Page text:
BBB Accrediation Means Very Little To The Consumer

When I first started blogging and working with companies I would often tout their high BBB (acronym for Better Business Bureau) accreditation, yet deep down inside I knew this was of no value.   How do I know? an experience I had a while back with a "phone company" sending me bills for services I never requested or didn't have for that matter.  I filed a complaint with BBB hoping to not only get the situation resolved, but as the only way I knew of at the time, to report fraudulent activity. The head of this so-called phone company replied to BBB and said he spoke to me personally and that I did indeed request their services.  This was a blatant lie, unfortunately BBB was satisfied with this response and went ahead and closed the case.  I was at a loss.  I remember I ended up speaking with the attorney general who investigated the situation and was appalled by this company's scam activity and took over the case.   The situation was finally resolved.  No help from BBB.

BBB is only interested in companies that respond to complaints, not whether or not the company rectified or remedied the situation in an ethical manner.  

I'm often approached by questionable eCommerce merchants to endorse their products and company, and I've noticed that some of these companies not only  have a BBB accreditation, they have a high grade.  This is interesting considering that they have a long list of complaints.  Outside of BBB, these companies have all kinds of scam alerts, complaints, rip-off reports and so forth.  Yet good BBB accreditation.  This really shows that BBB is only interested in companies that respond to complaints, not whether or not the company rectified or remedied the situation in an ethical manner.

More and more ethical businesses are finding BBB accreditation to be of no value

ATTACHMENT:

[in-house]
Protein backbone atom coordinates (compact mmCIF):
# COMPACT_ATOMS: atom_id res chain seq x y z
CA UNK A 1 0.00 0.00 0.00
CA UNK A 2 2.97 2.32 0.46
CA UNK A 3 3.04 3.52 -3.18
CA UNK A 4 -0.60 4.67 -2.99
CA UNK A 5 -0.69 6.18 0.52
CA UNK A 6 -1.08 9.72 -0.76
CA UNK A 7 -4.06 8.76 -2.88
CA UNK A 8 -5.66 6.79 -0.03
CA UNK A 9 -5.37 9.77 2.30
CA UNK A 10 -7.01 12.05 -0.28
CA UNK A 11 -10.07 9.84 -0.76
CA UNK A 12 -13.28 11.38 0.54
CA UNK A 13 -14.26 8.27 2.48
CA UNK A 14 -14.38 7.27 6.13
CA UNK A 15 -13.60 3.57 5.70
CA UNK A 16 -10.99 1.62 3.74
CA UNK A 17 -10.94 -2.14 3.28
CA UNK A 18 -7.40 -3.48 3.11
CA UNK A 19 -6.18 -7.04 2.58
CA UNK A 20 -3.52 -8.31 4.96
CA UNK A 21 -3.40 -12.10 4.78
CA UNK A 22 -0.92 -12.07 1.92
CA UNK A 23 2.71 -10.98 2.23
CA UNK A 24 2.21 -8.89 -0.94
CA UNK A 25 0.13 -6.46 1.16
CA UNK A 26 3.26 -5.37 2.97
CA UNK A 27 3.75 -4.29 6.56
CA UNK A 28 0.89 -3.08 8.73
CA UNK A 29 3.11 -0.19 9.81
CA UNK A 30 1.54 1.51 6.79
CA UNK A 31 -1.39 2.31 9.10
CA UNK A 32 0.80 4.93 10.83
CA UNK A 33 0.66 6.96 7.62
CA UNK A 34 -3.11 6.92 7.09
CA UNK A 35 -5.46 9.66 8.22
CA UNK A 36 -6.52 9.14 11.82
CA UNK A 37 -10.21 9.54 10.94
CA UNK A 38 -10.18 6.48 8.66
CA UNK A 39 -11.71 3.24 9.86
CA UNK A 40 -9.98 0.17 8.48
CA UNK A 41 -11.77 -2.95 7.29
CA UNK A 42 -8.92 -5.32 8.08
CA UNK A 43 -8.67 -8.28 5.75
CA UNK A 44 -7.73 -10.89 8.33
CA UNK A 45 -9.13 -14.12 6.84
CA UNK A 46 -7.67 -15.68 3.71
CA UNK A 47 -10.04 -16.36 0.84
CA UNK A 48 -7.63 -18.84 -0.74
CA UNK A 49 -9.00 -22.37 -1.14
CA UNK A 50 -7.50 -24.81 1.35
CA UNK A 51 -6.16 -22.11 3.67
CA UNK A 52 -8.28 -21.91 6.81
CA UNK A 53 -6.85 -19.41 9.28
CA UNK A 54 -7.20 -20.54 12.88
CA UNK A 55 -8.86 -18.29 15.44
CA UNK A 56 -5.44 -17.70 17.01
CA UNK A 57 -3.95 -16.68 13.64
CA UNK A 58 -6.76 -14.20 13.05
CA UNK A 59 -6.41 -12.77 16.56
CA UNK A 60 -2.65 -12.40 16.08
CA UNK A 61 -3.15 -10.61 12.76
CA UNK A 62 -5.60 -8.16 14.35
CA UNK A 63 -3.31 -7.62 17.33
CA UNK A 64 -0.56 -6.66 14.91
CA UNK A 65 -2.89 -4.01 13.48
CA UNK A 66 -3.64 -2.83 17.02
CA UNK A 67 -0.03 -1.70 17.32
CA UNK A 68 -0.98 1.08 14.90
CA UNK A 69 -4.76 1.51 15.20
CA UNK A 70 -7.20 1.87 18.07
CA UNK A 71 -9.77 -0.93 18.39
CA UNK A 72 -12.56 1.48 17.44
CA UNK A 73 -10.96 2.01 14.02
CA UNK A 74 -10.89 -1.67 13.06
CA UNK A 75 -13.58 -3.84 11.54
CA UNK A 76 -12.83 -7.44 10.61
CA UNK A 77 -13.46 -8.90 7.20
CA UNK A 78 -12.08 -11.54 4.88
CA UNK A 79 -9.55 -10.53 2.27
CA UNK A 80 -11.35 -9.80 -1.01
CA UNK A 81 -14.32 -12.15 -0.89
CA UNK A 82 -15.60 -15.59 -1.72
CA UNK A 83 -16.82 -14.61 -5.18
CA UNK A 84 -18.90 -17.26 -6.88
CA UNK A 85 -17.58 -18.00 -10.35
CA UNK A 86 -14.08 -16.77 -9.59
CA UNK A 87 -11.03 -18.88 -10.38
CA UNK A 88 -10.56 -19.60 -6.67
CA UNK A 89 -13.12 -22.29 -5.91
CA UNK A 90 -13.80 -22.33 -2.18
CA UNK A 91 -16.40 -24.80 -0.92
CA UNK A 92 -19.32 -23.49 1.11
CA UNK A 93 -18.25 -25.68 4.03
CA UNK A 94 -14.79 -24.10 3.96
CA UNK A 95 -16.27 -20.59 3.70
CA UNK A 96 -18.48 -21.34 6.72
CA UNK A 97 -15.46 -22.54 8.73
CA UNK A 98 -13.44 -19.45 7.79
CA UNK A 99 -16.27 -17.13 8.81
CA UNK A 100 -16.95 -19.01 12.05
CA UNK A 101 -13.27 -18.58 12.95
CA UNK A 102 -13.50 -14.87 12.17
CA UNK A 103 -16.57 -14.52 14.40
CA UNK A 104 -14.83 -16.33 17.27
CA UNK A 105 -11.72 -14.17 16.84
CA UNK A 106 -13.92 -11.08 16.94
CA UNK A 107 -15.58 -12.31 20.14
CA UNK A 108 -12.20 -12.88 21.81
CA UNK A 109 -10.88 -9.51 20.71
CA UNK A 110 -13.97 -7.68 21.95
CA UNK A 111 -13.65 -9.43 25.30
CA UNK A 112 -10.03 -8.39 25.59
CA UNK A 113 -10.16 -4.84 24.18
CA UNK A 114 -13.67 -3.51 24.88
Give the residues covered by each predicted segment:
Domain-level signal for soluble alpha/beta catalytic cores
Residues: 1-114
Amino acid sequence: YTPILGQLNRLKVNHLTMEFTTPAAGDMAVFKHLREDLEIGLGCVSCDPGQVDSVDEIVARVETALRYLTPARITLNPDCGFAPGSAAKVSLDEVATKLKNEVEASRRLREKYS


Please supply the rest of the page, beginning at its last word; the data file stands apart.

According to Wikipedia; one of the jobs of BBB is to alert  the public to scams.  Sadly they failed miserably in this regard.  Even when presented with evidence of a scam, they turned a deaf ear.   I could not say why BBB appears to be failing the consumer. I also don't believe this is limited to a certain BBB locale, it appears to be an overall demise of the entire organization.  I've noticed  many are convinced that BBB has fallen victim to corruption.   This wouldn't surprise me in the least and it would certainly explain quite a bit.

Has BBB has rendered itself useless to the consumer?

Does this mean that BBB is completely useless to the consumer?  For the most part I would say yes, but I would still encourage reporting bad business practices to BBB, this is because they list the number of complaints against a business,  this enables a savvy consumer to discern the credibility of a business.   The grade in itself means absolutely nothing.  So the next time you visit BBB, remember to take their accreditations with a grain of salt.


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Emily Stephens said...

I think BBB was valuable before social media gained popularity. Now, people don't threaten to go to BBB with their complaint - they take it directly to twitter or Facebook!

[email protected] said...

I agree with Emily. It seems like social media is a pretty effective solution these days!

I can't believe the company did that to you! Crazy.

Natasha Mairs - Serenity You said...

I agree with Emily too. Seems writing and sharing our experience on Social media would get people to take note more.

Heather said...

I have always wondered if people even look at this anymore. I agree that this use to be more valid.

Unknown said...

I have to admit that I don't really check out BBB accreditation anymore. If I'm researching a company, I usually search for reviews online.

Brooke Fowler said...

I have had terrible experiences with businesses that are rated A+ by BBB time and time again! What a shame.

Betsy Barnes said...

I agree with Emily above. Social media has really opened up a way for consumers to let their experiences be known. Companies too have upped their presence too on social media. It's very easy to go to a companies Facebook page and read the comments to get a feel for how the operate. I don't rely on the BBB that much because of this. :)

Unknown said...

I have to say that I don't really check out BBB accreditation anymore. I just go by social media and what people say or read people's blogs.


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